"It is necessary to carve from the whole vast spectrum of human needs one small band that the heart and mind together tell you is the area in which you can make your best contribution.”
This has been the guiding philosophy of the John A. Hartford Foundation since its establishment in 1929. With funds from the bequests of its founders, John A. Hartford and his brother George L. Hartford, both former chief executives of the Great Atlantic and Pacific Tea Company (the A&P grocery chain), the John A. Hartford Foundation seeks to make its best contribution by supporting efforts to improve the health of older Americans.
Aging Nation: A Challenge and an Opportunity
America is reaping the benefits of years of medical and public health advances. As the first Boomers turn 65, the largest-ever generation of older adults will redefine aging, living longer and contributing to our nation’s life and vitality. But our health care system must change as well to meet the needs of the growing number of older patients living with chronic illnesses, enabling them to maintain their health and independence.
The Best Health Care?
Older adults and society alike are not well served by our current health care system, in which care is fragmented, high cost, and low quality. Older patients experience higher rates of harm, injury, and even death from avoidable medical errors in the hospital. Vulnerable older people receive only 30 percent of indicated care for characteristically "geriatric" conditions such as dementia, incontinence, or falls. Hospital readmissions among older adults are distressingly high; one in five older adults will be readmitted to the hospital in the first 30 days after being discharged, causing unnecessary anxiety, stress, and expense.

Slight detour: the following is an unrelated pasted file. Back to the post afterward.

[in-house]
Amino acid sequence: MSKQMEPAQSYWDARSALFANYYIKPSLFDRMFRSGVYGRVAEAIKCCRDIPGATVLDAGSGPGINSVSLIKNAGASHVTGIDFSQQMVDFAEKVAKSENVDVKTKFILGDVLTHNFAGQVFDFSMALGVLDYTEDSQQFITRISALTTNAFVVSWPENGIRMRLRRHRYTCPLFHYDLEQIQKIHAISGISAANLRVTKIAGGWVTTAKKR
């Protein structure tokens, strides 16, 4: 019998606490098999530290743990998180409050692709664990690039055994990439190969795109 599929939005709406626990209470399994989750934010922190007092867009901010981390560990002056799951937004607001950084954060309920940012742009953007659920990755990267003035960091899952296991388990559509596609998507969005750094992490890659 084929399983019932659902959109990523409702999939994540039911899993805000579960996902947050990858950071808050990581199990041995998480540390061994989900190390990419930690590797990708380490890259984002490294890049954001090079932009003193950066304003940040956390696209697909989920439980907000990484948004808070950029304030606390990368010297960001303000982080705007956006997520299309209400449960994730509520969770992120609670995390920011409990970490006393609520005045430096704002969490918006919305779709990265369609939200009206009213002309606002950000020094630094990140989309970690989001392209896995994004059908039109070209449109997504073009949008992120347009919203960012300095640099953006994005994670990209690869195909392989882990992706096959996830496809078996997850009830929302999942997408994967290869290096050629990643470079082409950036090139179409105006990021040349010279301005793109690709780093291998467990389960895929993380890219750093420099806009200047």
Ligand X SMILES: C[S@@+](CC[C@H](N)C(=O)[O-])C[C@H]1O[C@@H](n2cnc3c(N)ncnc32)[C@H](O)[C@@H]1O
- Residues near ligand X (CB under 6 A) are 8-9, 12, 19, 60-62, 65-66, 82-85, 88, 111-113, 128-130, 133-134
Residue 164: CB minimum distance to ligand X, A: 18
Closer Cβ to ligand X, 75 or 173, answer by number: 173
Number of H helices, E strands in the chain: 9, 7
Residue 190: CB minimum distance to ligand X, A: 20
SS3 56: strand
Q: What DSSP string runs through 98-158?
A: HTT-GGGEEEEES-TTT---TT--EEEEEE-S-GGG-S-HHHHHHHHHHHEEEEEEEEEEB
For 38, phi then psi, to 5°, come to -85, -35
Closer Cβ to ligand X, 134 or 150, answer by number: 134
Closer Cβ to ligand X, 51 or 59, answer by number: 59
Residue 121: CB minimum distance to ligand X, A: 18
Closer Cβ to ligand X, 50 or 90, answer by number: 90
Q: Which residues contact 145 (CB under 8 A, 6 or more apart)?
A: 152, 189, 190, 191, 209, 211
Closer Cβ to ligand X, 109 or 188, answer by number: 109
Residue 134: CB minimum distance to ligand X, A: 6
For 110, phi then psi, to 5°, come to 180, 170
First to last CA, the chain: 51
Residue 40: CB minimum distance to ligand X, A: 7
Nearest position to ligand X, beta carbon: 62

Mandate for Change
We believe that as a society we can and must improve health care for older Americans to better meet their needs and maintain their independence and dignity. If we succeed, society will benefit from the continuing contribution of older people and from reducing health care spending.